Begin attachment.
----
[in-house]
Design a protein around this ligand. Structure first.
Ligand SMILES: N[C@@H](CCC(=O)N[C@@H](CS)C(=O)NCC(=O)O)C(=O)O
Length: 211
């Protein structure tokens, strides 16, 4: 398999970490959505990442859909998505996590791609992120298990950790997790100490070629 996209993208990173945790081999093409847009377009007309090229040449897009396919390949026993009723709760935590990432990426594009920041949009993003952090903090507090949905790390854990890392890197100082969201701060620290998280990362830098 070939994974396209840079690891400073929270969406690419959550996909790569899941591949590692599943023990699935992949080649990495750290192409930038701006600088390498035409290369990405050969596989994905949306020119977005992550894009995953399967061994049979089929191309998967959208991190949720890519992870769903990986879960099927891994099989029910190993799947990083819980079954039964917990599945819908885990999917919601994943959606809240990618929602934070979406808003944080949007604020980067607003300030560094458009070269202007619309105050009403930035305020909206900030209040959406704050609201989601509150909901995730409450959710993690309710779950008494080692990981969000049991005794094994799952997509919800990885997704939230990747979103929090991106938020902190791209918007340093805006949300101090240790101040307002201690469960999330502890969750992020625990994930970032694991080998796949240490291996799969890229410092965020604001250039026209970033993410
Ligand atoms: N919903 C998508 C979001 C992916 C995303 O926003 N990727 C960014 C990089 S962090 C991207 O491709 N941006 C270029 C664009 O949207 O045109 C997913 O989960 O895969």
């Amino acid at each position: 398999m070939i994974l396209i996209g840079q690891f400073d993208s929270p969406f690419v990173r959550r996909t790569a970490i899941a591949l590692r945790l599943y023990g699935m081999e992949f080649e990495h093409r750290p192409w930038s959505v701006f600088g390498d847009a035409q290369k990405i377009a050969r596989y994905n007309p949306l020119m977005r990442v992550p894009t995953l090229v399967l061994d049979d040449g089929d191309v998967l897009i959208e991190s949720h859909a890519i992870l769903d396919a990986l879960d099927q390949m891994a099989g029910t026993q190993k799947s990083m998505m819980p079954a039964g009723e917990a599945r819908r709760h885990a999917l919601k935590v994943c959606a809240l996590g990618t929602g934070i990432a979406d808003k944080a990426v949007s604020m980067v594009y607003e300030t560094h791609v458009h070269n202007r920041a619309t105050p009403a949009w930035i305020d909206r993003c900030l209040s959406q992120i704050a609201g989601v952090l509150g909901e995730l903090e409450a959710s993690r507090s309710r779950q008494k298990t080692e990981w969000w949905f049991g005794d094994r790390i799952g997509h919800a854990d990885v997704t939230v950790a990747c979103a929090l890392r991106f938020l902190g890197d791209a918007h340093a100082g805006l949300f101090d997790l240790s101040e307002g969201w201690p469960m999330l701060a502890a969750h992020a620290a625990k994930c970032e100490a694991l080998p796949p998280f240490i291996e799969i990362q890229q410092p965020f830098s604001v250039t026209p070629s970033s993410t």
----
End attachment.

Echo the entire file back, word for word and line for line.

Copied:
[in-house]
Design a protein around this ligand. Structure first.
Ligand SMILES: N[C@@H](CCC(=O)N[C@@H](CS)C(=O)NCC(=O)O)C(=O)O
Length: 211
């Protein structure tokens, strides 16, 4: 398999970490959505990442859909998505996590791609992120298990950790997790100490070629 996209993208990173945790081999093409847009377009007309090229040449897009396919390949026993009723709760935590990432990426594009920041949009993003952090903090507090949905790390854990890392890197100082969201701060620290998280990362830098 070939994974396209840079690891400073929270969406690419959550996909790569899941591949590692599943023990699935992949080649990495750290192409930038701006600088390498035409290369990405050969596989994905949306020119977005992550894009995953399967061994049979089929191309998967959208991190949720890519992870769903990986879960099927891994099989029910190993799947990083819980079954039964917990599945819908885990999917919601994943959606809240990618929602934070979406808003944080949007604020980067607003300030560094458009070269202007619309105050009403930035305020909206900030209040959406704050609201989601509150909901995730409450959710993690309710779950008494080692990981969000049991005794094994799952997509919800990885997704939230990747979103929090991106938020902190791209918007340093805006949300101090240790101040307002201690469960999330502890969750992020625990994930970032694991080998796949240490291996799969890229410092965020604001250039026209970033993410
Ligand atoms: N919903 C998508 C979001 C992916 C995303 O926003 N990727 C960014 C990089 S962090 C991207 O491709 N941006 C270029 C664009 O949207 O045109 C997913 O989960 O895969």
């Amino acid at each position: 398999m070939i994974l396209i996209g840079q690891f400073d993208s929270p969406f690419v990173r959550r996909t790569a970490i899941a591949l590692r945790l599943y023990g699935m081999e992949f080649e990495h093409r750290p192409w930038s959505v701006f600088g390498d847009a035409q290369k990405i377009a050969r596989y994905n007309p949306l020119m977005r990442v992550p894009t995953l090229v399967l061994d049979d040449g089929d191309v998967l897009i959208e991190s949720h859909a890519i992870l769903d396919a990986l879960d099927q390949m891994a099989g029910t026993q190993k799947s990083m998505m819980p079954a039964g009723e917990a599945r819908r709760h885990a999917l919601k935590v994943c959606a809240l996590g990618t929602g934070i990432a979406d808003k944080a990426v949007s604020m980067v594009y607003e300030t560094h791609v458009h070269n202007r920041a619309t105050p009403a949009w930035i305020d909206r993003c900030l209040s959406q992120i704050a609201g989601v952090l509150g909901e995730l903090e409450a959710s993690r507090s309710r779950q008494k298990t080692e990981w969000w949905f049991g005794d094994r790390i799952g997509h919800a854990d990885v997704t939230v950790a990747c979103a929090l890392r991106f938020l902190g890197d791209a918007h340093a100082g805006l949300f101090d997790l240790s101040e307002g969201w201690p469960m999330l701060a502890a969750h992020a620290a625990k994930c970032e100490a694991l080998p796949p998280f240490i291996e799969i990362q890229q410092p965020f830098s604001v250039t026209p070629s970033s993410t």